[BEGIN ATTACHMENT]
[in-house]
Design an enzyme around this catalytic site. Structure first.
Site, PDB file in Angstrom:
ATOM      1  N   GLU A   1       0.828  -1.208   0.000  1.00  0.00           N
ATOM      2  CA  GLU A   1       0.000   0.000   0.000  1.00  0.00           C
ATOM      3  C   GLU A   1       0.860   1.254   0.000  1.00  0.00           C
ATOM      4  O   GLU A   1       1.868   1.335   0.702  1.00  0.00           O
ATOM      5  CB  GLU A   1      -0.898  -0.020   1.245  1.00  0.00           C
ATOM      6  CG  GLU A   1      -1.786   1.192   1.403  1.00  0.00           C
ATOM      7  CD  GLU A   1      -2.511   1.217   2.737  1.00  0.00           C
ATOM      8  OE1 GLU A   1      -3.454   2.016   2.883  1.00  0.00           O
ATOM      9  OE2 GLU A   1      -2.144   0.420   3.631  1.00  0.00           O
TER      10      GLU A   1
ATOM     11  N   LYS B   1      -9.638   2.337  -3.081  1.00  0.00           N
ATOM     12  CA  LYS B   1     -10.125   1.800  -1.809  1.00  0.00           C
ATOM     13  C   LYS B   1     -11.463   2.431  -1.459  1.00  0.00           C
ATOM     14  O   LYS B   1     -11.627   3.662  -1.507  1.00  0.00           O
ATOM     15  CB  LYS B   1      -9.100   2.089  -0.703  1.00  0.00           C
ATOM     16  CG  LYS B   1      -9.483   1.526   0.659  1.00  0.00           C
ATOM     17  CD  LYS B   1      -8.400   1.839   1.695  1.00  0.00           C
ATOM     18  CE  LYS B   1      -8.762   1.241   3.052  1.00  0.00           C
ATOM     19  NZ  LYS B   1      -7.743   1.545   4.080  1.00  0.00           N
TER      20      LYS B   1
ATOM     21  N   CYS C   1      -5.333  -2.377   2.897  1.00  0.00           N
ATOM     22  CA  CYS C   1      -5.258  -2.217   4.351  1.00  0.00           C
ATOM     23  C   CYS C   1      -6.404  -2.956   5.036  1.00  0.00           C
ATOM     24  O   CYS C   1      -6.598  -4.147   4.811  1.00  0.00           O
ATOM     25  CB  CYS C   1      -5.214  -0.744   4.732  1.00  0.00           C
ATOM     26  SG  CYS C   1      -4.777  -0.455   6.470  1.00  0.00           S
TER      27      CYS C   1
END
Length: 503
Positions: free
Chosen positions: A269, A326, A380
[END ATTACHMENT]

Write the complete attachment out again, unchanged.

[in-house]
Design an enzyme around this catalytic site. Structure first.
Site, PDB file in Angstrom:
ATOM      1  N   GLU A   1       0.828  -1.208   0.000  1.00  0.00           N
ATOM      2  CA  GLU A   1       0.000   0.000   0.000  1.00  0.00           C
ATOM      3  C   GLU A   1       0.860   1.254   0.000  1.00  0.00           C
ATOM      4  O   GLU A   1       1.868   1.335   0.702  1.00  0.00           O
ATOM      5  CB  GLU A   1      -0.898  -0.020   1.245  1.00  0.00           C
ATOM      6  CG  GLU A   1      -1.786   1.192   1.403  1.00  0.00           C
ATOM      7  CD  GLU A   1      -2.511   1.217   2.737  1.00  0.00           C
ATOM      8  OE1 GLU A   1      -3.454   2.016   2.883  1.00  0.00           O
ATOM      9  OE2 GLU A   1      -2.144   0.420   3.631  1.00  0.00           O
TER      10      GLU A   1
ATOM     11  N   LYS B   1      -9.638   2.337  -3.081  1.00  0.00           N
ATOM     12  CA  LYS B   1     -10.125   1.800  -1.809  1.00  0.00           C
ATOM     13  C   LYS B   1     -11.463   2.431  -1.459  1.00  0.00           C
ATOM     14  O   LYS B   1     -11.627   3.662  -1.507  1.00  0.00           O
ATOM     15  CB  LYS B   1      -9.100   2.089  -0.703  1.00  0.00           C
ATOM     16  CG  LYS B   1      -9.483   1.526   0.659  1.00  0.00           C
ATOM     17  CD  LYS B   1      -8.400   1.839   1.695  1.00  0.00           C
ATOM     18  CE  LYS B   1      -8.762   1.241   3.052  1.00  0.00           C
ATOM     19  NZ  LYS B   1      -7.743   1.545   4.080  1.00  0.00           N
TER      20      LYS B   1
ATOM     21  N   CYS C   1      -5.333  -2.377   2.897  1.00  0.00           N
ATOM     22  CA  CYS C   1      -5.258  -2.217   4.351  1.00  0.00           C
ATOM     23  C   CYS C   1      -6.404  -2.956   5.036  1.00  0.00           C
ATOM     24  O   CYS C   1      -6.598  -4.147   4.811  1.00  0.00           O
ATOM     25  CB  CYS C   1      -5.214  -0.744   4.732  1.00  0.00           C
ATOM     26  SG  CYS C   1      -4.777  -0.455   6.470  1.00  0.00           S
TER      27      CYS C   1
END
Length: 503
Positions: free
Chosen positions: A269, A326, A380